Search terms are the key variables that define a research and provide assistance to proceed with the literature review. The key search terms are the words that are synonyms or acronyms to the particular study (Katrak and et.al., 2004). The researcher can make use of the search terms for identification of the suitable research papers that could be included in the systematic review. As reading all the research papers is a lengthy process. As such, key search terms were identified and made use of for defining the search for conducting the systematic literature review on the role of MRI in spine injuries (Park and et.al., 2005). The citations were retrieved by using the following search terms:
|MRI, Magnetic Resonance Imaging
|Injury, lesion, damage
|Spinal, spinal column, vertebral column
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Inclusion and exclusion criteria
After identifying all the potentially relevant citations, examination of the abstract and necessary full text was done for making decision regarding the final inclusion and exclusion. The aim of the research helped in deriving the criteria that were used in the review. The inclusion and exclusion criteria helped in identifying and making decisions regarding the use of research papers for completing the review (Page, 2008). The papers that met the criteria were selected. The inclusion and exclusion criteria for the present systematic review are the following:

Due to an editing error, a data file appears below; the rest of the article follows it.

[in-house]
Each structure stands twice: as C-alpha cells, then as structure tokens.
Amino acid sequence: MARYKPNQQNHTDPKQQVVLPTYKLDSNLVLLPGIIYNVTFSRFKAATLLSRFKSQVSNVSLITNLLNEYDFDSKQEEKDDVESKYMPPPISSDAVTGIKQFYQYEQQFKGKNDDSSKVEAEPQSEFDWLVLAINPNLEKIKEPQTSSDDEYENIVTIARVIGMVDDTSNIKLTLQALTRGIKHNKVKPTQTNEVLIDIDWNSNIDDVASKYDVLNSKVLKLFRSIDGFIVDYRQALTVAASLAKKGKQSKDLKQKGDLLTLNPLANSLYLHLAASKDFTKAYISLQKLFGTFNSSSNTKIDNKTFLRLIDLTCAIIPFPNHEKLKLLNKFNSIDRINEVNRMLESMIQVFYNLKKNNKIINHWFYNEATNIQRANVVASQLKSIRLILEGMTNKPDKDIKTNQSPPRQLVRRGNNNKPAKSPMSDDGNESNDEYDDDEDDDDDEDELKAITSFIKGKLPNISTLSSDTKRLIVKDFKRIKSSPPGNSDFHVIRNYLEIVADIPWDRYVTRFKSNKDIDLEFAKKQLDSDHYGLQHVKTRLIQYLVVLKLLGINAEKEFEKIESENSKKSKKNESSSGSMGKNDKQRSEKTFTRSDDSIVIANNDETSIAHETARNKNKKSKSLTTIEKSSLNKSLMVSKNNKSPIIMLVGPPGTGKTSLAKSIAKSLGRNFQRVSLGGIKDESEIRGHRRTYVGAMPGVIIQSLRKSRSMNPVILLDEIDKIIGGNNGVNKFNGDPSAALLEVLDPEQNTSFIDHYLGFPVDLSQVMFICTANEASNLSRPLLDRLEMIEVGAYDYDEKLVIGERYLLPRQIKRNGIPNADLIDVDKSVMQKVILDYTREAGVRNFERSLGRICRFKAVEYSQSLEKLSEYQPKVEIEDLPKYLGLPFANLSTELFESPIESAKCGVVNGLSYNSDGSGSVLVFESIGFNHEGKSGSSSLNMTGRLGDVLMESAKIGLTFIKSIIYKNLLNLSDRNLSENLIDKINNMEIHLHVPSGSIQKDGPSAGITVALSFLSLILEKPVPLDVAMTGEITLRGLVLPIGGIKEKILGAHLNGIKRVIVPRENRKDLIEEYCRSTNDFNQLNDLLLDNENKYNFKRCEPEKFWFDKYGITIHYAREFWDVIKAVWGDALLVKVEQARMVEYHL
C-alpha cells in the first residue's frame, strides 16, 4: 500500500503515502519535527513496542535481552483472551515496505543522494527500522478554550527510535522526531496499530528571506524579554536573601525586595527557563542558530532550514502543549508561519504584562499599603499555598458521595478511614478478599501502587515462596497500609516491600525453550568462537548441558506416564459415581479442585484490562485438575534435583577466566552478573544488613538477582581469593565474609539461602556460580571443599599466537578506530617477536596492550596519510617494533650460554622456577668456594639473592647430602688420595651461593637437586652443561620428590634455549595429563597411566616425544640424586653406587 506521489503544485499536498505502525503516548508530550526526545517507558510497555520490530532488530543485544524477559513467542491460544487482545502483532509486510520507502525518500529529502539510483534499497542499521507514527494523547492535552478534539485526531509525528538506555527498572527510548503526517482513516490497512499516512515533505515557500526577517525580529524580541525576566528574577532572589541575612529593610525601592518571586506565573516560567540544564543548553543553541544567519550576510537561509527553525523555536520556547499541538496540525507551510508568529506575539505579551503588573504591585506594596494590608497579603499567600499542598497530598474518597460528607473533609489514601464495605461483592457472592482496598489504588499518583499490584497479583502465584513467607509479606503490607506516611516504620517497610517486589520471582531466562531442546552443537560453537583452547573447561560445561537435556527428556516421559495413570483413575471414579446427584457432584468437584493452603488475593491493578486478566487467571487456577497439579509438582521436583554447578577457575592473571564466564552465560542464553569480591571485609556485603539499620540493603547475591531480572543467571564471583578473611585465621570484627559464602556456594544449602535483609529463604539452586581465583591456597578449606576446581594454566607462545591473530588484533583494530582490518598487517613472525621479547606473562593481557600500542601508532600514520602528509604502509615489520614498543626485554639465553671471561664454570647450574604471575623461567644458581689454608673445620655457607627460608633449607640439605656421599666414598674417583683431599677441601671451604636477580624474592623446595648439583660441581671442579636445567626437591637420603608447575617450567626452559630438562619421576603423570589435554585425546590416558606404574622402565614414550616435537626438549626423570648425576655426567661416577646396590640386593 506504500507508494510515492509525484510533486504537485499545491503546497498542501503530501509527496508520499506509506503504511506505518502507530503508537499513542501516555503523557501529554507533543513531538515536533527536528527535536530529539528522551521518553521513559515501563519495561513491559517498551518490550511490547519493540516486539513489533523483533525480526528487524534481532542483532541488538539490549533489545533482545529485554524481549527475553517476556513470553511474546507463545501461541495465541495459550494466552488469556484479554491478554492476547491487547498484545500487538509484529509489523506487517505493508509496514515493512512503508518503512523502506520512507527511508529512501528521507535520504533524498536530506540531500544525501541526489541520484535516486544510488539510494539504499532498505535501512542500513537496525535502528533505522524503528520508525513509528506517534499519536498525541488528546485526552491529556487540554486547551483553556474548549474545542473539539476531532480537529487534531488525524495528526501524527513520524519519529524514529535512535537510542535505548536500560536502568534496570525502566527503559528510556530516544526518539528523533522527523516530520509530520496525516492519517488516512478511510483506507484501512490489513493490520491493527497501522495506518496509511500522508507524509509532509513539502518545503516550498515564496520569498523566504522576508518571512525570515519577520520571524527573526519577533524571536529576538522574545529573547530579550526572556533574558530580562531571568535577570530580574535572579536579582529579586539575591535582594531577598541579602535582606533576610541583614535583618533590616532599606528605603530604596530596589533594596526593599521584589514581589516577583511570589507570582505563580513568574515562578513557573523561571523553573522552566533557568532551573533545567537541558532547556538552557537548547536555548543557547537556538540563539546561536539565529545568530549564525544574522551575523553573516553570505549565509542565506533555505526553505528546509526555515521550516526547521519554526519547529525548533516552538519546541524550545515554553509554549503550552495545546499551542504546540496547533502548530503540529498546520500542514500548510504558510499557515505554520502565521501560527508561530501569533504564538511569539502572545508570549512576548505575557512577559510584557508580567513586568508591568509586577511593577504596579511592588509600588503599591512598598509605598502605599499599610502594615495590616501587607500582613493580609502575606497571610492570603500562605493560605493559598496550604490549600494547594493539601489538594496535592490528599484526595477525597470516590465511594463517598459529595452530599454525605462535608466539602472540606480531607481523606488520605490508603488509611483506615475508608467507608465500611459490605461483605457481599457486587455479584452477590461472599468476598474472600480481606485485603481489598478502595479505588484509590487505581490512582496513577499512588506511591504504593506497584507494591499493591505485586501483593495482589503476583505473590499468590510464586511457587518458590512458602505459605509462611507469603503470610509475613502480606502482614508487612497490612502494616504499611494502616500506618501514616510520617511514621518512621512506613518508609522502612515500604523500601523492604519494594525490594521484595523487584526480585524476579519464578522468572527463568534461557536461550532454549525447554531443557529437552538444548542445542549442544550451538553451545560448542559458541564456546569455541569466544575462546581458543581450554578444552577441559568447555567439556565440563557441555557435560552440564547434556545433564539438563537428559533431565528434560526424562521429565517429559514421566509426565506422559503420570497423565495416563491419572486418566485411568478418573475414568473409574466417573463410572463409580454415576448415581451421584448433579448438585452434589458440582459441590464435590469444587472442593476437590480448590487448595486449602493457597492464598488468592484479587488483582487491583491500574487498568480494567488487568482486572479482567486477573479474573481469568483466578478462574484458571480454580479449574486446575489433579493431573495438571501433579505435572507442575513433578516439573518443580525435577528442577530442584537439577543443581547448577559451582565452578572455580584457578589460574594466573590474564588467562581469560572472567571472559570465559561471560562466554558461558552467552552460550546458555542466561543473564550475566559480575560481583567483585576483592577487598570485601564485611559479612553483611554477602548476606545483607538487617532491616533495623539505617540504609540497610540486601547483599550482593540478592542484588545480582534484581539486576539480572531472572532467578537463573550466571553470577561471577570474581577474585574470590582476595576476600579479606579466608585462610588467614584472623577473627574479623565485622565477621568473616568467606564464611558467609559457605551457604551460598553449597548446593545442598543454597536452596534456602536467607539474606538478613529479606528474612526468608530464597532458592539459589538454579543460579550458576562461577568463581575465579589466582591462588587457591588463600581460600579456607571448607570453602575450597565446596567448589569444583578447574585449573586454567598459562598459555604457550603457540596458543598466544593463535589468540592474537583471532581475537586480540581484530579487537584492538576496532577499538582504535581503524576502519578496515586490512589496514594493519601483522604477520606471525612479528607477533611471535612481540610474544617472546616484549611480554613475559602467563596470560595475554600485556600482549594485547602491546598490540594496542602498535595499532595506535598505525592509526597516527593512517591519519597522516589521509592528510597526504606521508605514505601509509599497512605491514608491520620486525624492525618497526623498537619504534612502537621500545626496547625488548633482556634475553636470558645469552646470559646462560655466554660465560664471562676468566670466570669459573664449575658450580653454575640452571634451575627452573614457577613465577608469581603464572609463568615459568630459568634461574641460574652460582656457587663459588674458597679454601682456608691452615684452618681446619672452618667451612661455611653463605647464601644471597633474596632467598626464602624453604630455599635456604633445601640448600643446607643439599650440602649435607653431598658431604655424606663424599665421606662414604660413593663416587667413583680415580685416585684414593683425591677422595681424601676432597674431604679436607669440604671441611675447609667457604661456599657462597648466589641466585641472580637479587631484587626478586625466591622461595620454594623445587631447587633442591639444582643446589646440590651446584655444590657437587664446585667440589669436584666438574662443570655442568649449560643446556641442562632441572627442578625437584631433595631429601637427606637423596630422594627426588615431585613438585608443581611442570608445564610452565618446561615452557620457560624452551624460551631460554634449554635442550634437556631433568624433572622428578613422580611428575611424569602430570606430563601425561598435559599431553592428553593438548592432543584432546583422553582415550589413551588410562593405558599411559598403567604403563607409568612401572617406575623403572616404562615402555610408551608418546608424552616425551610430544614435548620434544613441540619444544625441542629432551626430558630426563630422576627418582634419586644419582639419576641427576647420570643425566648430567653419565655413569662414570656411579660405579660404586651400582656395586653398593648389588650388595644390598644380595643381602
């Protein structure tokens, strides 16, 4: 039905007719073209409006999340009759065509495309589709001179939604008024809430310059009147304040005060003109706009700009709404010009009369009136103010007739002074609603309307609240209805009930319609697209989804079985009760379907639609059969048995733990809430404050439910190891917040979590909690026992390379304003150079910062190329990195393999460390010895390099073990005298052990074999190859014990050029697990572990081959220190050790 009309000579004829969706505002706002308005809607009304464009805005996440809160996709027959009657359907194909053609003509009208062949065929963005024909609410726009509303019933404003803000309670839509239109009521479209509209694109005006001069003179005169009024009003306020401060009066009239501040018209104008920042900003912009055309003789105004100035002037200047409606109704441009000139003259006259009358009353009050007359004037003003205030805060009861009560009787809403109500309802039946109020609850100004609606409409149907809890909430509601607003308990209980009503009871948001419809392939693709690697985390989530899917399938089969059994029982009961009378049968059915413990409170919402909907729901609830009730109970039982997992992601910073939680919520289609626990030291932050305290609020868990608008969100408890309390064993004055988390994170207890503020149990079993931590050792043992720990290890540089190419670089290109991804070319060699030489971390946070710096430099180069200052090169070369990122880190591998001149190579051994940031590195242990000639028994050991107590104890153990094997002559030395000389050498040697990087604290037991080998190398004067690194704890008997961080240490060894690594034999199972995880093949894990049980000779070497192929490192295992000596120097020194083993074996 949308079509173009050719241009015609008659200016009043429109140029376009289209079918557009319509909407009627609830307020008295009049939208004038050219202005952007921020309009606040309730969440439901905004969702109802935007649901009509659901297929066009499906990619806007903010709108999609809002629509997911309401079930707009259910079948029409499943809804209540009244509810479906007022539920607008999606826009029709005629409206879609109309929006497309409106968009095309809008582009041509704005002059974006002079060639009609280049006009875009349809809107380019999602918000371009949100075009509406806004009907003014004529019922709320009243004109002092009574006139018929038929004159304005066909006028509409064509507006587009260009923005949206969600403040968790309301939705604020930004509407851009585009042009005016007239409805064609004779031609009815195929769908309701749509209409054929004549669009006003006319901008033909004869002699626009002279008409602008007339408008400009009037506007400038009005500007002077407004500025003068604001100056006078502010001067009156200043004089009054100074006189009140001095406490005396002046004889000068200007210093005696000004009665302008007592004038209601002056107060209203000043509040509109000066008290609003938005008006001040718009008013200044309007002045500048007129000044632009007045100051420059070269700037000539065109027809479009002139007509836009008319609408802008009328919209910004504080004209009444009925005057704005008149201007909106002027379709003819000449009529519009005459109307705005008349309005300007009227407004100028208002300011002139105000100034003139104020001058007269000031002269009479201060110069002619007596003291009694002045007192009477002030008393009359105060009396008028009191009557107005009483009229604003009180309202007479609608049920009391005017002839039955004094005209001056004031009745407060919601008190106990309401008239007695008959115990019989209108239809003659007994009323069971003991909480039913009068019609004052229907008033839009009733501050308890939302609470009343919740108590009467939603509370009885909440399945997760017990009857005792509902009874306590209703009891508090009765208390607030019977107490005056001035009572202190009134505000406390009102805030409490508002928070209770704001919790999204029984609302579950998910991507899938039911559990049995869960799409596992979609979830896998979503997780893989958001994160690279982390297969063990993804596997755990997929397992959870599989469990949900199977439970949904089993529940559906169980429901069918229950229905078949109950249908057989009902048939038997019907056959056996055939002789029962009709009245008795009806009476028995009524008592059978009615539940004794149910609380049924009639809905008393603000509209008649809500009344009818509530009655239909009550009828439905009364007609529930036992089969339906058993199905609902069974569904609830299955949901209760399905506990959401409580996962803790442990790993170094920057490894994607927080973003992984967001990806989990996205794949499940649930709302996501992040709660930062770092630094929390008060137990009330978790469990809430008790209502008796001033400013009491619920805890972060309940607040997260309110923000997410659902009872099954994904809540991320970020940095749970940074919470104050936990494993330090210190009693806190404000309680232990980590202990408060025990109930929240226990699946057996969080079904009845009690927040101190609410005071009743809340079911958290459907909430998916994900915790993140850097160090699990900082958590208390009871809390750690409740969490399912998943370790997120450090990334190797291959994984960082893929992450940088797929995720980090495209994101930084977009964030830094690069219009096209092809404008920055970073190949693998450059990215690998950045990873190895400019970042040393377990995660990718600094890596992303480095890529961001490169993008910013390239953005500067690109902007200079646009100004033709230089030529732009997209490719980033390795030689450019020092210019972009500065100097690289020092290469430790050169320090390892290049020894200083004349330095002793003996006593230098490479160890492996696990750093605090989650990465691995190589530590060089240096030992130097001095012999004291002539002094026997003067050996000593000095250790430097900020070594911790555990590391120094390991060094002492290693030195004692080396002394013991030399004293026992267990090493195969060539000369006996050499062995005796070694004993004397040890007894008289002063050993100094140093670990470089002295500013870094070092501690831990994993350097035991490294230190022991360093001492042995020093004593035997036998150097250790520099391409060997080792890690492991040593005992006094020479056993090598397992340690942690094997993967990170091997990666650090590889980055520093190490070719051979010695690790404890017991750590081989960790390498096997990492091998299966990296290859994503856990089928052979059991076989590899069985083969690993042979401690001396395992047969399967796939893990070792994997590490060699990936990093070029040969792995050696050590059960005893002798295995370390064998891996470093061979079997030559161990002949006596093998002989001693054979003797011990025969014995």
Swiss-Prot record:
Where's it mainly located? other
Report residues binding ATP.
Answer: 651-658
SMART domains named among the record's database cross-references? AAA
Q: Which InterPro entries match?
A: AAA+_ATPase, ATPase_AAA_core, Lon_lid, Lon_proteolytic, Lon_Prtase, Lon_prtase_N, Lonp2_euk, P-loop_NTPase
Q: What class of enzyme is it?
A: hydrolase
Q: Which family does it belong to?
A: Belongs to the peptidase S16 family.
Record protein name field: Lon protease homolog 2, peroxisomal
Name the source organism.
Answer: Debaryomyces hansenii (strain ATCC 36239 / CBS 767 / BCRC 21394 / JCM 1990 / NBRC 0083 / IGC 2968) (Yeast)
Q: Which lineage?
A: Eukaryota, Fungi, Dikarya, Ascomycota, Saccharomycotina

|Articles published from year 2007 to present
|Papers published prior to 2007
|Research papers that have been written in English language
Research papers written in languages other than English
|Studies that focus on the role of MRI
|Studies that focus on the role of any other diagnosis test
|Researches done on the role of MRI in spinal injuries
|Researches focusing on the role of MRI in any other injury
Data extraction is the process that helps in taking out relevant information from the research papers selected to be included in the systematic review (Patton, 2002). With the help of this area, detailed information about the research papers is provided in terms of quality, relevance and trustworthiness. In this manner, detailed information is provided for each study that is to be included in the systematic review (Shea and et.al., 2001). For extraction, a tool is used by the researcher for identifying the type of information that is required for the systematic review. For conducting the present literature review, that following question types have been selected for investigating the role of MRI in spinal injuries:
- Who is the author of the article?
- What is the name of paper and journal that has been selected for the literature review?
- With what aim and purpose has the study been conducted?
- What are the main themes?